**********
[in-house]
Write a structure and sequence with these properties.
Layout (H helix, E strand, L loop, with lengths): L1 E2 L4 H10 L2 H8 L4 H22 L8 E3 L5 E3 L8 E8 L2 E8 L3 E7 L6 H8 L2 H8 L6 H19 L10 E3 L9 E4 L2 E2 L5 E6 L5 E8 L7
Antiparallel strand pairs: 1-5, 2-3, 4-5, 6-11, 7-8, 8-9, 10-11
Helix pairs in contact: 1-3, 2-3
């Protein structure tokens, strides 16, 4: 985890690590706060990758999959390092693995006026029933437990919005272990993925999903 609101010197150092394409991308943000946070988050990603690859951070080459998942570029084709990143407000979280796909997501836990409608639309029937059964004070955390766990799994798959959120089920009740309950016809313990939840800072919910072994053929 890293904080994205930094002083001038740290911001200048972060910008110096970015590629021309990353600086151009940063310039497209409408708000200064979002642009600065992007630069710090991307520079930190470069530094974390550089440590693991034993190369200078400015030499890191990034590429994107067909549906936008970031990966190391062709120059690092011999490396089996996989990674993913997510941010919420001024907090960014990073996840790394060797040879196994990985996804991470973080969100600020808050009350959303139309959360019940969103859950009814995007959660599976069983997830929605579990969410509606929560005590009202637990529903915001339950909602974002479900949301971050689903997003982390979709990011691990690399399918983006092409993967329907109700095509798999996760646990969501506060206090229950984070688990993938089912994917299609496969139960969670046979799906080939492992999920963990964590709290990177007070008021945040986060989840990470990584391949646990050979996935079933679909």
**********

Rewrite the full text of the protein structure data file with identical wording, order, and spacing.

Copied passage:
[in-house]
Write a structure and sequence with these properties.
Layout (H helix, E strand, L loop, with lengths): L1 E2 L4 H10 L2 H8 L4 H22 L8 E3 L5 E3 L8 E8 L2 E8 L3 E7 L6 H8 L2 H8 L6 H19 L10 E3 L9 E4 L2 E2 L5 E6 L5 E8 L7
Antiparallel strand pairs: 1-5, 2-3, 4-5, 6-11, 7-8, 8-9, 10-11
Helix pairs in contact: 1-3, 2-3
């Protein structure tokens, strides 16, 4: 985890690590706060990758999959390092693995006026029933437990919005272990993925999903 609101010197150092394409991308943000946070988050990603690859951070080459998942570029084709990143407000979280796909997501836990409608639309029937059964004070955390766990799994798959959120089920009740309950016809313990939840800072919910072994053929 890293904080994205930094002083001038740290911001200048972060910008110096970015590629021309990353600086151009940063310039497209409408708000200064979002642009600065992007630069710090991307520079930190470069530094974390550089440590693991034993190369200078400015030499890191990034590429994107067909549906936008970031990966190391062709120059690092011999490396089996996989990674993913997510941010919420001024907090960014990073996840790394060797040879196994990985996804991470973080969100600020808050009350959303139309959360019940969103859950009814995007959660599976069983997830929605579990969410509606929560005590009202637990529903915001339950909602974002479900949301971050689903997003982390979709990011691990690399399918983006092409993967329907109700095509798999996760646990969501506060206090229950984070688990993938089912994917299609496969139960969670046979799906080939492992999920963990964590709290990177007070008021945040986060989840990470990584391949646990050979996935079933679909």